What that 'something' was, however, Eames couldn't say. He didn't even notice it at first. He was far too busy putting together his forge of Browning; he had to make sure he had the walk right, had to make sure to hold his glasses just so. Browning came from old money, and he was very precise in his actions, having spent years being trained how to present himself to the public. Every expression, every gesture, was planned. Sometimes Eames caught Arthur watching him from across the workshop, his head cocked to the side thoughtfully. Once or twice, Arthur abandoned his desk and leaned against Eames's mirror, as if Eames was putting on a show just for him. Surprisingly, he never said anything about it other than, "Good work, Mr Eames." No snide comments; no remarks about whether or not Eames's entire plan was bound to fail.

So it wasn't like Arthur was doing anything particularly peculiar. But Eames had a feeling.

One morning, Arthur entered the workshop, set a coffee on Eames's desk, and smiled at him.

He was rather adorable when he smiled, all dimpled cheeks and bright eyes, but it was also unsettling, since Arthur tended to smile over things like big guns and the latest designs in menswear, neither of which boded well for Eames. Until this moment, Eames had managed to get Arthur to smile at him exactly once, and only because he had sacrificed a large part of his dignity to do so. It had involved loads of alcohol (loads), a fake beard, and a battered copy of Lady Chatterley's Lover. Eames didn't like to think about it.

"I brought you coffee," Arthur said, still smiling.

Eames glanced down at it. "Why?" he asked sceptically.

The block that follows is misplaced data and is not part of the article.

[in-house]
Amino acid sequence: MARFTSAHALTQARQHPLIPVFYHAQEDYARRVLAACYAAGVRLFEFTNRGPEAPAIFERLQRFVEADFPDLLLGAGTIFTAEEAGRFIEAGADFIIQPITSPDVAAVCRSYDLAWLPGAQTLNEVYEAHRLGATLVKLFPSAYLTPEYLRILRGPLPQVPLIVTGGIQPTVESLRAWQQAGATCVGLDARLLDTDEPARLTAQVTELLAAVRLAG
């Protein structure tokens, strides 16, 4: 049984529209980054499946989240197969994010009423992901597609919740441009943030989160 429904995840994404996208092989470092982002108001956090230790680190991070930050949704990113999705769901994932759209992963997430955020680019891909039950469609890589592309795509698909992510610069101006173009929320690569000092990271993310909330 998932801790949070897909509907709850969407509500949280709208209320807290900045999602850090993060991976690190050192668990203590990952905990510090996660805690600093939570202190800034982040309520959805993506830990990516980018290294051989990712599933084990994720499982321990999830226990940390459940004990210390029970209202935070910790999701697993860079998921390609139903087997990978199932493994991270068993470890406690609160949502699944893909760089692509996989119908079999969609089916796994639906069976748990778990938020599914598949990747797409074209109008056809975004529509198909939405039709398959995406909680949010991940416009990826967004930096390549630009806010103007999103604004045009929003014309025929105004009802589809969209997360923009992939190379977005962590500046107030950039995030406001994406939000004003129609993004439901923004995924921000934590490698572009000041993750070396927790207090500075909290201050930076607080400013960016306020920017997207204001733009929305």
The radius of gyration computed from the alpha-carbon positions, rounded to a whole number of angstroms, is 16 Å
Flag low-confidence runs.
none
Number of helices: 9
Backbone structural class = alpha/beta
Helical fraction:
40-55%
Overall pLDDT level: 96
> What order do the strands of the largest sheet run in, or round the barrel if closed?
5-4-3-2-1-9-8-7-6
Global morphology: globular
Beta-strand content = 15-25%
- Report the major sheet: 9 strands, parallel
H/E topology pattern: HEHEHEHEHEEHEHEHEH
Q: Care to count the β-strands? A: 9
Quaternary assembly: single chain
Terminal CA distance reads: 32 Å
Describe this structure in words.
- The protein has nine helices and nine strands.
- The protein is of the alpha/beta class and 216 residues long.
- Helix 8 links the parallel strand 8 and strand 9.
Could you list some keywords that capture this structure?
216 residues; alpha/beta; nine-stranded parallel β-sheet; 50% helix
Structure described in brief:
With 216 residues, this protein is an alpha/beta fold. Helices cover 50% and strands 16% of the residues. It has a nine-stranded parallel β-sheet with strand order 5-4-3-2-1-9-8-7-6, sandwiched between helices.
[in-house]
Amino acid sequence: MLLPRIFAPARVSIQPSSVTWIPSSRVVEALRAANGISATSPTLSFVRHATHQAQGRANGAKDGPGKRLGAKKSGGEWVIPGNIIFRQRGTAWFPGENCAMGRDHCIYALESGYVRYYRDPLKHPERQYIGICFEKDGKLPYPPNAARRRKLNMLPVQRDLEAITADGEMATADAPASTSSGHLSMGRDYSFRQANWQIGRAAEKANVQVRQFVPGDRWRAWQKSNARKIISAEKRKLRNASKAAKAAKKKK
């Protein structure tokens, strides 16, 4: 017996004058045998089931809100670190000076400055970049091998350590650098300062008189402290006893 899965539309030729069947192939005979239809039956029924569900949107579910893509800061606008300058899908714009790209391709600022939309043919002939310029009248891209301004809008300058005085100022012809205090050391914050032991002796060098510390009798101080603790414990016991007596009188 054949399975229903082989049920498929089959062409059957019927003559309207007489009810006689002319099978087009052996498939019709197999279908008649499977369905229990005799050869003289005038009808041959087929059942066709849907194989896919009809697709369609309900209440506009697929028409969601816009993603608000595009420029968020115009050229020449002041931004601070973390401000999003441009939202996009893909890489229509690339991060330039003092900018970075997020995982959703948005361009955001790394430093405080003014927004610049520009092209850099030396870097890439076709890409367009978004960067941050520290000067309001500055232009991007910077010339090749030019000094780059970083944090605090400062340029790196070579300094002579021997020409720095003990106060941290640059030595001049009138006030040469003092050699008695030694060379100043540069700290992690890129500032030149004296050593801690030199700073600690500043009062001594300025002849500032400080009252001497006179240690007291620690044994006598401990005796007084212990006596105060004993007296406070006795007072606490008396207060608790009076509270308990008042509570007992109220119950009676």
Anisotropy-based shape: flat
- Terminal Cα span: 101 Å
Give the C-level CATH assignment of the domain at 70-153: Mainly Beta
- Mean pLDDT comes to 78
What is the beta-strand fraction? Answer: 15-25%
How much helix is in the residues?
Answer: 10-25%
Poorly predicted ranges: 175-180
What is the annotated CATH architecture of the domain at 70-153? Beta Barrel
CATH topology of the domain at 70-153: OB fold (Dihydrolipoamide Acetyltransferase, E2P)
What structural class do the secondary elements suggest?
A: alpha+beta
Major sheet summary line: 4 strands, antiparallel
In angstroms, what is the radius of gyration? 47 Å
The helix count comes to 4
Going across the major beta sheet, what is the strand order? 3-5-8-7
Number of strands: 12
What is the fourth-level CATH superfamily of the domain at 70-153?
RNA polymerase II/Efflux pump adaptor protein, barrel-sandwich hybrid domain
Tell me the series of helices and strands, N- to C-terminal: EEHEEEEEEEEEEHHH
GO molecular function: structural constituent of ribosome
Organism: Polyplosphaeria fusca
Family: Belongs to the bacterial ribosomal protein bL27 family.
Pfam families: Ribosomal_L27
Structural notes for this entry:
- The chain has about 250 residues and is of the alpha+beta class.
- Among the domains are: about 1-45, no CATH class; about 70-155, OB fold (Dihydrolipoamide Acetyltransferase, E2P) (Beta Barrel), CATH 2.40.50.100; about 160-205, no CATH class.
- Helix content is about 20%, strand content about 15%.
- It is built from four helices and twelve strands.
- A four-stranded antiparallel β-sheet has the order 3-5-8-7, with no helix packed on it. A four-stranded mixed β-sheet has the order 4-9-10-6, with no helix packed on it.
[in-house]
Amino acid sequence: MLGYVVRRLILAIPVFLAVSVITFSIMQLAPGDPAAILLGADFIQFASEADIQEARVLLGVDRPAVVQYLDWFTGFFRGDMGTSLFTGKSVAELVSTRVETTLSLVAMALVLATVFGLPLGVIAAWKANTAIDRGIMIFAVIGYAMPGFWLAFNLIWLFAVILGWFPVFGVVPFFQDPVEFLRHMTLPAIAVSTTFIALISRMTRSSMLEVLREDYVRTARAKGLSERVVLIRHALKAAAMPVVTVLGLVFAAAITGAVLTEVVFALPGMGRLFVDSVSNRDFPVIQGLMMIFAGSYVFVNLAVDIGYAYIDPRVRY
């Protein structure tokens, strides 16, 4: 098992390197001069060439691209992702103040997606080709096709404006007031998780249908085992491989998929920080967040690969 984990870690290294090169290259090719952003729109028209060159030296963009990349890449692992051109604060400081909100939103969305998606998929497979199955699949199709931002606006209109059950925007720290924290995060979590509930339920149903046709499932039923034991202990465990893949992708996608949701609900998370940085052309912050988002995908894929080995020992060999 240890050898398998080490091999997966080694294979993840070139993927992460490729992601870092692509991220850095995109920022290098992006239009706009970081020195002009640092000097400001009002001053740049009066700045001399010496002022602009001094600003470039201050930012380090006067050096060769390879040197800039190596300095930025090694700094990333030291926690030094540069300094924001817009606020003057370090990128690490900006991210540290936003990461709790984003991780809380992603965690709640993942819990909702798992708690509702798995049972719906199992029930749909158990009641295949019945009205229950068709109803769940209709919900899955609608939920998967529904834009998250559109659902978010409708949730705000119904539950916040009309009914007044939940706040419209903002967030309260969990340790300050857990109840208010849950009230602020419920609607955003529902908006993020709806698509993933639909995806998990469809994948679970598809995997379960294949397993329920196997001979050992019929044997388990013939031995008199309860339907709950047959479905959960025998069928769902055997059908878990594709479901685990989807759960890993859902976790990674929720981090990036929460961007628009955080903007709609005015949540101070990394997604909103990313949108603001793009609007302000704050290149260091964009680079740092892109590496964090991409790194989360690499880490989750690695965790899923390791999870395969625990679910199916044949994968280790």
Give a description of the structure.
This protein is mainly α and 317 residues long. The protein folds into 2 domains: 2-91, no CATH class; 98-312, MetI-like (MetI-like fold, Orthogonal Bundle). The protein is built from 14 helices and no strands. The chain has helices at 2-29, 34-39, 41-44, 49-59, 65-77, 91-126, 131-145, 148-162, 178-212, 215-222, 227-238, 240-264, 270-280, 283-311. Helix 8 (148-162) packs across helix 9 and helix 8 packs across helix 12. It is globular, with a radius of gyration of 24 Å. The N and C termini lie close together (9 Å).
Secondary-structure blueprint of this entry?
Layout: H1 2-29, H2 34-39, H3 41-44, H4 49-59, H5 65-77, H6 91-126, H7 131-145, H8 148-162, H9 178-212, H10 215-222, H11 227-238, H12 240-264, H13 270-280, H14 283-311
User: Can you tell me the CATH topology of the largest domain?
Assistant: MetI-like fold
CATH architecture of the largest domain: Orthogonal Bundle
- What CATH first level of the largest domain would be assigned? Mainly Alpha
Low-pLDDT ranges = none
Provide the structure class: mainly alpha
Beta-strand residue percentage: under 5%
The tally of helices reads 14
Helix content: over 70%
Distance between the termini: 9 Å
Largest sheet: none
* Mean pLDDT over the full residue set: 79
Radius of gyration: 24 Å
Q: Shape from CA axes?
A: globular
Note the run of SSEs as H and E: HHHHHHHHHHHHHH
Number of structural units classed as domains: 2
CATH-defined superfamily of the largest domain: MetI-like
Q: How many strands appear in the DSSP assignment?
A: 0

Arthur's smile slipped slightly, but he seemed determined to keep it up. "I can't bring you coffee?"

"That depends," Eames said. He poked the cup with a finger. "Is it poisoned coffee?"

This time Arthur's mouth flattened into a familiar thin line. He yanked the cup off the desk took a long swill. "Would I have drunk it if it was poisoned?" he demanded after setting it back down.

"You would if you had already taken the antidote," Eames suggested.

Arthur threw his hands in the air. "Drink the damn coffee, Eames!"

"Arthur, stop harassing Eames and go help Ariadne with the mazes," Cobb called from his work station, not even looking up from the papers he was scribbling on.

Now it was Eames's turn to smile. "Yes, darling, do stop harassing me. I have very important work to do, you understand."

Arthur stormed away, muttering something under his breath that sounded like, "Why do I even bother."

"I think," Eames said to Cobb, eyeing Arthur as he pushed the release button on the PASIV with a little more force than necessary, "our Arthur may need a holiday after this job. Don't you agree?"

Cobb glanced at him and scrunched up his face. "Huh?"

"Nevermind," Eames replied, watching as Arthur's eyes fluttered shut.

*

One minute, Eames was sitting on the riverbank as Fischer agreed to live up to his father's final request; in the next he was in the plane as it coasted over American waters. He was one of the last to wake up, it appeared. Arthur was already up and about, expertly removing the PASIV's IVs and clearing away any sign of what they'd been doing. Luckily, Fischer was only just coming to, muttering in his sleep and lolling his head like an overgrown child.

"Cobb and Saito?" Eames whispered, as Arthur knelt at his feet and recoiled the IV. Arthur shook his head, mouth tight. When he stood again, he set his hand on Eames's shoulder, heavy and warm.

"They'll be okay," Ariadne said. She sounded exhausted. "Cobb will get them out."